Health officials urge caution as rabies cases rise in Maine
There have already been nearly as many cases this year as all of last year
AUGUSTA, Maine (WMTW) - The Maine Center for Disease Control says there has been a rise in the number of animals in Maine testing positive for rabies.
Between January and May of this year, the Maine CDC confirmed 30 cases of rabies, including 12 in Cumberland County. These cases were in raccoons, skunks, bats, a fox, and a woodchuck.
In 2022, there were just 35 confirmed cases for the entire year in Maine. There were 71 cases confirmed in Maine in 2020 and 89 in 2018.
Rabies is a virus that infects the nervous system of humans and other mammals. Rabies spreads when infected animals bite, and in some cases scratch, other animals or humans. All mammals can get rabies, but raccoons, skunks, foxes, and bats are the most common animals to test positive for rabies in Maine. The rabies virus does not spread in blood, urine, feces, skunk spray, or dried saliva.
A rabid animal may show a variety of symptoms or no symptoms at all. Once symptoms develop, rabies is almost always fatal. The Maine CDC says timely post-exposure treatment can prevent disease in people; a rabies vaccination is required for all pet cats and dogs of a certain age in Maine and offers the best protection against rabies.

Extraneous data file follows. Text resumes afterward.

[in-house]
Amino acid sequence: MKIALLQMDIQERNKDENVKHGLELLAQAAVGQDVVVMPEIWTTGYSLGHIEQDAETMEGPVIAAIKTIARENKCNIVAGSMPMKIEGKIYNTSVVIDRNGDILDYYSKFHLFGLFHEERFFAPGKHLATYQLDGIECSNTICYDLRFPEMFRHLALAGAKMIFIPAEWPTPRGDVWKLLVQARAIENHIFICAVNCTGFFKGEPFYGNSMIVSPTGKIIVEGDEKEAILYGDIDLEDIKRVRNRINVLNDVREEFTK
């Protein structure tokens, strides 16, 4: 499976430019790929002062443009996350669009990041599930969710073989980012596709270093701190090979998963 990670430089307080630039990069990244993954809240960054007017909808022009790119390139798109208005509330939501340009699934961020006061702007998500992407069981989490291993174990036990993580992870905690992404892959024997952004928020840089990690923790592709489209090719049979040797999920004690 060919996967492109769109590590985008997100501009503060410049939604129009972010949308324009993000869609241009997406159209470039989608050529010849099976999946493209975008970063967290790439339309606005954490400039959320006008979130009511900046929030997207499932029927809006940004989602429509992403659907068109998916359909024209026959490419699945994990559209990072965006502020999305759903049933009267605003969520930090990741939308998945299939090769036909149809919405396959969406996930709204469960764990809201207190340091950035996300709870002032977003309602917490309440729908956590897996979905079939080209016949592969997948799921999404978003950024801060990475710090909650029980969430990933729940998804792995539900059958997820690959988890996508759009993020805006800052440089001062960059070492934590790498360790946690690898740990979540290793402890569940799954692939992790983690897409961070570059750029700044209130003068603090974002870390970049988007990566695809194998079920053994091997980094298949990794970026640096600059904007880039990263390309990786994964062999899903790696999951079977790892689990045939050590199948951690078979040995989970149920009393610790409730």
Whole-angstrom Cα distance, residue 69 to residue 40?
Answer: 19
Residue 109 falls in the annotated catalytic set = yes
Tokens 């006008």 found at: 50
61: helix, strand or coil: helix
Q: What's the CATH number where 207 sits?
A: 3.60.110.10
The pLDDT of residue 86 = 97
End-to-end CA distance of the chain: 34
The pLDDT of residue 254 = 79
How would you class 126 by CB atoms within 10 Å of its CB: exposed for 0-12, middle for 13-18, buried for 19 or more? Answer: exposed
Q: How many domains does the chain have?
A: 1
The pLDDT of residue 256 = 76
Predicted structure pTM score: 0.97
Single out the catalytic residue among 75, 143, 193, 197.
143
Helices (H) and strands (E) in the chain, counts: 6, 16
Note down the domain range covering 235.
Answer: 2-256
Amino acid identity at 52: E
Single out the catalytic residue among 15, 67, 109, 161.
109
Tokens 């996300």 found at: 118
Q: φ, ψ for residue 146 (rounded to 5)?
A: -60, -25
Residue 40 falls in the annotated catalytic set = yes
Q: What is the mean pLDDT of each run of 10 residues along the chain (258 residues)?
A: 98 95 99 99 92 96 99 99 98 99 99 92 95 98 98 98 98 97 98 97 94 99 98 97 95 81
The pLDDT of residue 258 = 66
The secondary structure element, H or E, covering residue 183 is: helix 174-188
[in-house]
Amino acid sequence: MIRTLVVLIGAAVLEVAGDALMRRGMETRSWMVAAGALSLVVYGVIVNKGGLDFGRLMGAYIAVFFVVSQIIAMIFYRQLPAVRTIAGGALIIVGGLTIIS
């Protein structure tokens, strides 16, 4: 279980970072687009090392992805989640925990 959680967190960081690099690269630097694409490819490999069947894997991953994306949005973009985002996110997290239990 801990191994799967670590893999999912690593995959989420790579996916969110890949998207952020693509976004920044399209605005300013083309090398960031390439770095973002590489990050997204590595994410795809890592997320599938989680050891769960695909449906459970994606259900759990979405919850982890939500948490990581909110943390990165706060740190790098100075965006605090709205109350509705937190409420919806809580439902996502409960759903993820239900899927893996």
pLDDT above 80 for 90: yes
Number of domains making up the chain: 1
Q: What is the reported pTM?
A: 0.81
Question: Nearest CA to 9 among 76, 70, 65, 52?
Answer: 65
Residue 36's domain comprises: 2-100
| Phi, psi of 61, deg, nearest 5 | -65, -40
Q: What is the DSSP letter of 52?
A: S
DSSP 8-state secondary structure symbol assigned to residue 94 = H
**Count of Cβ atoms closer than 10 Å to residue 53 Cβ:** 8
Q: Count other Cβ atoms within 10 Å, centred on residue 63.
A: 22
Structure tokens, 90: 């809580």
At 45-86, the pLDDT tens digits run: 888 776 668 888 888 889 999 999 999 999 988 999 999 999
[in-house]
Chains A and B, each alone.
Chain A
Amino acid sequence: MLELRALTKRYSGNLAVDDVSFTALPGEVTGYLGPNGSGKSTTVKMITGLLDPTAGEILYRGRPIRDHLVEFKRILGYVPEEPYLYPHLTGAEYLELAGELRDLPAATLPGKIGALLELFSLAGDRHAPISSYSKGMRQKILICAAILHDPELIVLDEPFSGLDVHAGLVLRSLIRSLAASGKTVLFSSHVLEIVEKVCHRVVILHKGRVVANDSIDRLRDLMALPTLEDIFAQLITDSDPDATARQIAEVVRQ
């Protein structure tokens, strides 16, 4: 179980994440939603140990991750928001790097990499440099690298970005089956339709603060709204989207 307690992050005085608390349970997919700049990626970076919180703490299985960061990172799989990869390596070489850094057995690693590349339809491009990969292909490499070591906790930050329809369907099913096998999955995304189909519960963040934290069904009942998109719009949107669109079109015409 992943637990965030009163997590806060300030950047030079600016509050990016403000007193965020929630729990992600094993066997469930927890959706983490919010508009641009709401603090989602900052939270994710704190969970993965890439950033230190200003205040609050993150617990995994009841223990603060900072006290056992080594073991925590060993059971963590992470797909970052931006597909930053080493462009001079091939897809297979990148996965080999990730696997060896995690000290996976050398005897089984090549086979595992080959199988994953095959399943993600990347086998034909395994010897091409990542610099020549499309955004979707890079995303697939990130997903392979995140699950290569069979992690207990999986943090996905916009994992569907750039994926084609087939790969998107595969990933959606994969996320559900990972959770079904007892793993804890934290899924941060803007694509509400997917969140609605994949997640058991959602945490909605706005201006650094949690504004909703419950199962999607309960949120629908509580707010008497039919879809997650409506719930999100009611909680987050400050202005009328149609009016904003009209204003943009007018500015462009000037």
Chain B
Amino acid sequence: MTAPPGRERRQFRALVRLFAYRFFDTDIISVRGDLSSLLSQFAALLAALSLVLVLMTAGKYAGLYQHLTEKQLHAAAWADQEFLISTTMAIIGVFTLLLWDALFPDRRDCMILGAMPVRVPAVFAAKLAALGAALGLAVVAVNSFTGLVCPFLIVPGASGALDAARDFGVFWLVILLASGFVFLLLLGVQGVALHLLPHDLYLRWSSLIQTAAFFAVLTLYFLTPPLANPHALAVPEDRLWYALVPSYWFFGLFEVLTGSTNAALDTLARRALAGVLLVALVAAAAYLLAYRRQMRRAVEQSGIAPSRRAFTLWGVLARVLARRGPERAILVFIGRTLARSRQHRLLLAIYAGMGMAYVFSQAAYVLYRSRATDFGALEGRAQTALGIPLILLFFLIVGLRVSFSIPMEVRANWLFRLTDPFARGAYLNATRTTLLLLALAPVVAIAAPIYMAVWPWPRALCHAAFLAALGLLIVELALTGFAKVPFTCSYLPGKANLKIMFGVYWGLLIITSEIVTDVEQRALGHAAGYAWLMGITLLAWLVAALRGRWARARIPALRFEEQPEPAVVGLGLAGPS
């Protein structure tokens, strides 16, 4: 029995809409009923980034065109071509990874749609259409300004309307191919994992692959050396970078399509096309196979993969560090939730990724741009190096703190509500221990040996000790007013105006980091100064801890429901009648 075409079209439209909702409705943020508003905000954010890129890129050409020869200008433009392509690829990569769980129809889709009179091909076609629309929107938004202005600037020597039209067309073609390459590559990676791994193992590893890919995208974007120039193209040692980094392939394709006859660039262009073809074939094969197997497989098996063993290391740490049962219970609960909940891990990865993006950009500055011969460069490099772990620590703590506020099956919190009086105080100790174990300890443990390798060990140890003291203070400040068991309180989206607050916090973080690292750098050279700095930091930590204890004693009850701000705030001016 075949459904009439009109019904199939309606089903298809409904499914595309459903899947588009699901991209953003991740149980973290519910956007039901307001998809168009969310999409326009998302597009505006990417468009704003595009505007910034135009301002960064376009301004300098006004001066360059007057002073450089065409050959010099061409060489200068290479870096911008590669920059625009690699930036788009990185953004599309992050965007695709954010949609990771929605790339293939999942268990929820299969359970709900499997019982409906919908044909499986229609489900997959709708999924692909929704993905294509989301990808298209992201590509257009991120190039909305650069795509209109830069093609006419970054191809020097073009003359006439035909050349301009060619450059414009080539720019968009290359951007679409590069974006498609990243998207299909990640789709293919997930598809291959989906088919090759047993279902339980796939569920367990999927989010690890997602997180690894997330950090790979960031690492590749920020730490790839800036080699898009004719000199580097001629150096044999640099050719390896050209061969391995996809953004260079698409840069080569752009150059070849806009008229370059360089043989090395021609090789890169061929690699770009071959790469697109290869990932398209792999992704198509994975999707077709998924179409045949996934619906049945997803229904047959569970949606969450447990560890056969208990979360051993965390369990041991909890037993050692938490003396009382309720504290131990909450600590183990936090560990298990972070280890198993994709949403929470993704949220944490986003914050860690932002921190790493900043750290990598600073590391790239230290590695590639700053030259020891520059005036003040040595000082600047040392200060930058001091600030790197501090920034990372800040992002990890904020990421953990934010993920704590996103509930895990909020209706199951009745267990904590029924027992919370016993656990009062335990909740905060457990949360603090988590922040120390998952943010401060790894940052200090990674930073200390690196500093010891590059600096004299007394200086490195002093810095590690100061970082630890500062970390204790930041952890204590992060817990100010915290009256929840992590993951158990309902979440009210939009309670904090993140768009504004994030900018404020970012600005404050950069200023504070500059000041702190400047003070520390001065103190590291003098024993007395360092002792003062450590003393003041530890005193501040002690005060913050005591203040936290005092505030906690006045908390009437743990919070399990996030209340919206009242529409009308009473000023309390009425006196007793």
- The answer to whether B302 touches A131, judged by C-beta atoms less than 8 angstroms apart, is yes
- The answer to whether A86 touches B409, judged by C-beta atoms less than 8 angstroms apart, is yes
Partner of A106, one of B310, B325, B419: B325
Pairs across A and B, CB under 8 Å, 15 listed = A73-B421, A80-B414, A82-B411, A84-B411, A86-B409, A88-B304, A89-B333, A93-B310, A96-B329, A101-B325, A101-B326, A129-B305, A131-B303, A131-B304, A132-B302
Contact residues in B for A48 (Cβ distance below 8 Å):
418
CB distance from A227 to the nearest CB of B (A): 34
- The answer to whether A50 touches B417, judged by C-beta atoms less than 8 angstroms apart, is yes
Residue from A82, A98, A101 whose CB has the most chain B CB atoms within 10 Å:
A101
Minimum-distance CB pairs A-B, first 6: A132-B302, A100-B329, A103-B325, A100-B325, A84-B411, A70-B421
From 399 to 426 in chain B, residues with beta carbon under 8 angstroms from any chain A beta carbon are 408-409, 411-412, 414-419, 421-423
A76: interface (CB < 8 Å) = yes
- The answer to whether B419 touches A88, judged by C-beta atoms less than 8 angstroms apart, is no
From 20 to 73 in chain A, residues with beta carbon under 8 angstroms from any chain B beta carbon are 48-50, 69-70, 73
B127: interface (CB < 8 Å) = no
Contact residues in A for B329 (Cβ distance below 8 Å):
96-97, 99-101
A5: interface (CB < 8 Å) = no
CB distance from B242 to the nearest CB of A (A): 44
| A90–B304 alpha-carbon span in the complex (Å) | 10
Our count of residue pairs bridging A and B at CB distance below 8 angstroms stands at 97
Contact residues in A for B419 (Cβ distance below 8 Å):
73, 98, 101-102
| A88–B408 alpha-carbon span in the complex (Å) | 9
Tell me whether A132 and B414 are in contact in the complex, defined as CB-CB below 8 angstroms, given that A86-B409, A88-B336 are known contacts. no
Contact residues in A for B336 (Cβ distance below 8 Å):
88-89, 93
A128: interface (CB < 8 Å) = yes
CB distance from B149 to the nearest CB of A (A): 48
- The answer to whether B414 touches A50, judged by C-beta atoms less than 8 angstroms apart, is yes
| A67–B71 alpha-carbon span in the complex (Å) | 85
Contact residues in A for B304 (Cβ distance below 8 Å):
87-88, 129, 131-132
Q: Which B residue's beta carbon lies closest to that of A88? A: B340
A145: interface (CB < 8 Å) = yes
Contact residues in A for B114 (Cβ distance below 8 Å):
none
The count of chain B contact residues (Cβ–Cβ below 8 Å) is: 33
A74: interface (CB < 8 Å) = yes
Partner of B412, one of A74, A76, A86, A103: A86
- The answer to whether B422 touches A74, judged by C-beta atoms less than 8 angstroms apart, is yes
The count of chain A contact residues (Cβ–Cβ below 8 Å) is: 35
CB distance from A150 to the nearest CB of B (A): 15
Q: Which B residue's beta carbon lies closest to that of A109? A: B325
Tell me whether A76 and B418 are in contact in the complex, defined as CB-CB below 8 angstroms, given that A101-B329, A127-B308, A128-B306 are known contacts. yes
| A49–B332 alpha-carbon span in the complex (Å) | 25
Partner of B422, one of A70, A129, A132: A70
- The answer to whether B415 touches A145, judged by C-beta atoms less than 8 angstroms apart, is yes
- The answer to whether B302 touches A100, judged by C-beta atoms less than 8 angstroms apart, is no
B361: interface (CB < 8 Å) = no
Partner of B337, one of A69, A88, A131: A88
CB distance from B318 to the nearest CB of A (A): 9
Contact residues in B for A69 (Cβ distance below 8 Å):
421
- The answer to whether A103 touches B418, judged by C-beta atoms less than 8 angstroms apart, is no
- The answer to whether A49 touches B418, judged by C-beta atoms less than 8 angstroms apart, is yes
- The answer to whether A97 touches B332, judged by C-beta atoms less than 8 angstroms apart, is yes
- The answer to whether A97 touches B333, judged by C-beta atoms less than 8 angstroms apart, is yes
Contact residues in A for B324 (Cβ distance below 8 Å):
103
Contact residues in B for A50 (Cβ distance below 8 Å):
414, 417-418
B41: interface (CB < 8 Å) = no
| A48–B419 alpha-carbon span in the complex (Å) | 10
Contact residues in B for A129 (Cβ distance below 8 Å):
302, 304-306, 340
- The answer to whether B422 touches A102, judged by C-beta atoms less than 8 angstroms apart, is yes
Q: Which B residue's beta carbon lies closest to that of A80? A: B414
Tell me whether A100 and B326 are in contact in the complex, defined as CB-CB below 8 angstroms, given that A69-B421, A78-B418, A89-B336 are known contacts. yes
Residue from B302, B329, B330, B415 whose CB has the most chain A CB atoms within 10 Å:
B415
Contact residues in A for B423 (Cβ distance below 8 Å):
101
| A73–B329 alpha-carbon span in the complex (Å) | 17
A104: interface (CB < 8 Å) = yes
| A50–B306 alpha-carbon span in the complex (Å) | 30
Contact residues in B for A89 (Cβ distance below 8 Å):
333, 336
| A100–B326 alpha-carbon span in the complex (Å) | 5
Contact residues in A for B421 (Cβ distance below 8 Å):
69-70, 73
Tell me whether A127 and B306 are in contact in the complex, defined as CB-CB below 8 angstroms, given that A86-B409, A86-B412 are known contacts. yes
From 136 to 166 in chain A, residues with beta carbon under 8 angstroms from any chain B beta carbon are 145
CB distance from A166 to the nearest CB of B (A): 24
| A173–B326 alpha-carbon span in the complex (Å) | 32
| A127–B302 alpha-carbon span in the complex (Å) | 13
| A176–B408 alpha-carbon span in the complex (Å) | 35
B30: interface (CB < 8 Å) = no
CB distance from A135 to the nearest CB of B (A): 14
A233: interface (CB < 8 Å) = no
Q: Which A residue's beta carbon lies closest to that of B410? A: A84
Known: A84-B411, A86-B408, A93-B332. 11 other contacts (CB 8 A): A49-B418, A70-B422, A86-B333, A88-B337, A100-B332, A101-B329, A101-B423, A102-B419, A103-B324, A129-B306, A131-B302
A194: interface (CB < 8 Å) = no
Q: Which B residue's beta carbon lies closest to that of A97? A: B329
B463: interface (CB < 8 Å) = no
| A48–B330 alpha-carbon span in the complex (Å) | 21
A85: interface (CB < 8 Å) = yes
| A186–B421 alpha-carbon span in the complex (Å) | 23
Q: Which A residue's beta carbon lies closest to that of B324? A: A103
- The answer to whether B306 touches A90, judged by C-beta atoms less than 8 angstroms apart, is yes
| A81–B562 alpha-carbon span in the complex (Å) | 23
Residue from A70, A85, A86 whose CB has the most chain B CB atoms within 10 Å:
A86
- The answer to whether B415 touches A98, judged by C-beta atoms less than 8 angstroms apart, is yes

The Maine CDC urges everyone to take these steps to protect yourself and your animals against rabies:
- Keep your pet’s rabies vaccination up to date
- Feed pets indoors
- Keep garbage cans or other sources of food tightly secured
- Do not feed, touch, or adopt wild animals
- Be cautious of stray dogs and cats. If you spot a stray cat or dog, contact your local animal control officer
- Do not move wildlife. This can spread rabies into new areas
- Wash bite or scratch wounds thoroughly with soap and water for 10-15 minutes and contact your health care provider
If an animal bites or scratches you, contact your health care provider. If an animal bites or scratches your pet or livestock, contact your veterinarian. Click here to learn more.
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